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By BILL ORDINE | August 15, 2008
The U.S. men's basketball team is proving in Beijing what every coach from pee-wee hoops to the big guys has known all along. Defense will conquer all. The Americans have struggled with their three-point shooting and even their free throws, but their defense has been spectacular. Against Greece, which beat the United States in the world championships two years ago, the Americans helped force 25 turnovers yesterday. The U.S. had 15 steals and seven blocked shots. Greece, meanwhile, had just four steals and one blocked shot.
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SPORTS
By BILL ORDINE | August 15, 2008
The U.S. men's basketball team is proving in Beijing what every coach from pee-wee hoops to the big guys has known all along. Defense will conquer all. The Americans have struggled with their three-point shooting and even their free throws, but their defense has been spectacular. Against Greece, which beat the United States in the world championships two years ago, the Americans helped force 25 turnovers yesterday. The U.S. had 15 steals and seven blocked shots. Greece, meanwhile, had just four steals and one blocked shot.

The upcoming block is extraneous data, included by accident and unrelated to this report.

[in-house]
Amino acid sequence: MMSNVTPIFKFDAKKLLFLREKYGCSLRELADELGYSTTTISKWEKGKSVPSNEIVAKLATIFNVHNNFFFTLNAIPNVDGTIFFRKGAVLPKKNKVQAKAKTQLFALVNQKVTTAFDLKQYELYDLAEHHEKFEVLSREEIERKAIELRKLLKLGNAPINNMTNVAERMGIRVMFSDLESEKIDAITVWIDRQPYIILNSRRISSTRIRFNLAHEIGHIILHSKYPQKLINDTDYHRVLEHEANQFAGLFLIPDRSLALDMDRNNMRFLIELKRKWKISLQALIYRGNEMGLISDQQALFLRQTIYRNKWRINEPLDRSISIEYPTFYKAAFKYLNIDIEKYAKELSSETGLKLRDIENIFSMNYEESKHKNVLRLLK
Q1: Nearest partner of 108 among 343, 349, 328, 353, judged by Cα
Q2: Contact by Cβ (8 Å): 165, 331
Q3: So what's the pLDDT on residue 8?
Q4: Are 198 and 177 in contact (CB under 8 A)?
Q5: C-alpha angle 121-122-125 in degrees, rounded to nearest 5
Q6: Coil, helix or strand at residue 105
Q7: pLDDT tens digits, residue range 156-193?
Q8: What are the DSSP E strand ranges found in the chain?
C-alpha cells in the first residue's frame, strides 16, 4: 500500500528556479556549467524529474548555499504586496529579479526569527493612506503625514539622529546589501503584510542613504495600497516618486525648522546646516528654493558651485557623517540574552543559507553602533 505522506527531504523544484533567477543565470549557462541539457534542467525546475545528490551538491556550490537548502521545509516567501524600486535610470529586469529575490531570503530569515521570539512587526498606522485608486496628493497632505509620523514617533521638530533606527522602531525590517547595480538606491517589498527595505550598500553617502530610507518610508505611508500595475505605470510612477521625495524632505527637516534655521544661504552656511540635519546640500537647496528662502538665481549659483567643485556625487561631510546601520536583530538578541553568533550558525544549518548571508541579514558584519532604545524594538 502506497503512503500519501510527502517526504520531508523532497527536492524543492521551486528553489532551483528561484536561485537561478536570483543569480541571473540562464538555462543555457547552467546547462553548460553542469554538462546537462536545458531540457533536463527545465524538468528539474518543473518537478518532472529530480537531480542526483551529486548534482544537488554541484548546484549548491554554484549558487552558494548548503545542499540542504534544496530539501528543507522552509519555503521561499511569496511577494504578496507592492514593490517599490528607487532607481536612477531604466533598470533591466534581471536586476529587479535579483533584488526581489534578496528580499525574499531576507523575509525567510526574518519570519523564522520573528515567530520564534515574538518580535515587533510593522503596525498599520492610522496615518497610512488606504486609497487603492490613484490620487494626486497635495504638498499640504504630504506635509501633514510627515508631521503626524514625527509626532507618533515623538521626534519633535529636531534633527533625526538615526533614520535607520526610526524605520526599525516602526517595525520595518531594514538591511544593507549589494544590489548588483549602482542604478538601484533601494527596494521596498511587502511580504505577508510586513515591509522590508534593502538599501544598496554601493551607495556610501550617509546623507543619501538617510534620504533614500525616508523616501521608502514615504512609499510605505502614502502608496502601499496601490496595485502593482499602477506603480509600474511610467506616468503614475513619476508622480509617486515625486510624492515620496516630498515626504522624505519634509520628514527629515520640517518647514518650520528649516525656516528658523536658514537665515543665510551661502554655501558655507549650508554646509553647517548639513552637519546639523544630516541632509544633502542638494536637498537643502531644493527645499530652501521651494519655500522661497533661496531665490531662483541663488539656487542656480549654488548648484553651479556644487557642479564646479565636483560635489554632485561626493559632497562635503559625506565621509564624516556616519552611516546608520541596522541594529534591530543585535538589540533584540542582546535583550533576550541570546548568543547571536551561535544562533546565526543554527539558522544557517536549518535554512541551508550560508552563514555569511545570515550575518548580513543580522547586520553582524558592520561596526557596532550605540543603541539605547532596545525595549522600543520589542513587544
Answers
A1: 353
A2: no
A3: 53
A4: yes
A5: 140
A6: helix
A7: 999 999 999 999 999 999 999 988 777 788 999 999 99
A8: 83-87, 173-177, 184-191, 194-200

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SPORTS
By James H. Jackson | February 7, 1991
Left wing Bob Joyce cleared National Hockey League waivers yesterday and was assigned by the Washington Capitals to the Baltimore Skipjacks of the American Hockey League.Joyce, 24, the No. 4 selection of the Boston Bruins in the 1984 draft, has been bothered by a knee injury most of the season. He had completed a two-week conditioning assignment with the Skipjacks on Sunday, and was placed on waivers by Washington on Monday.Traded to the Capitals in 1989 for Dave Christian, Joyce has seven goals and six assists in 19 games with the Skipjacks.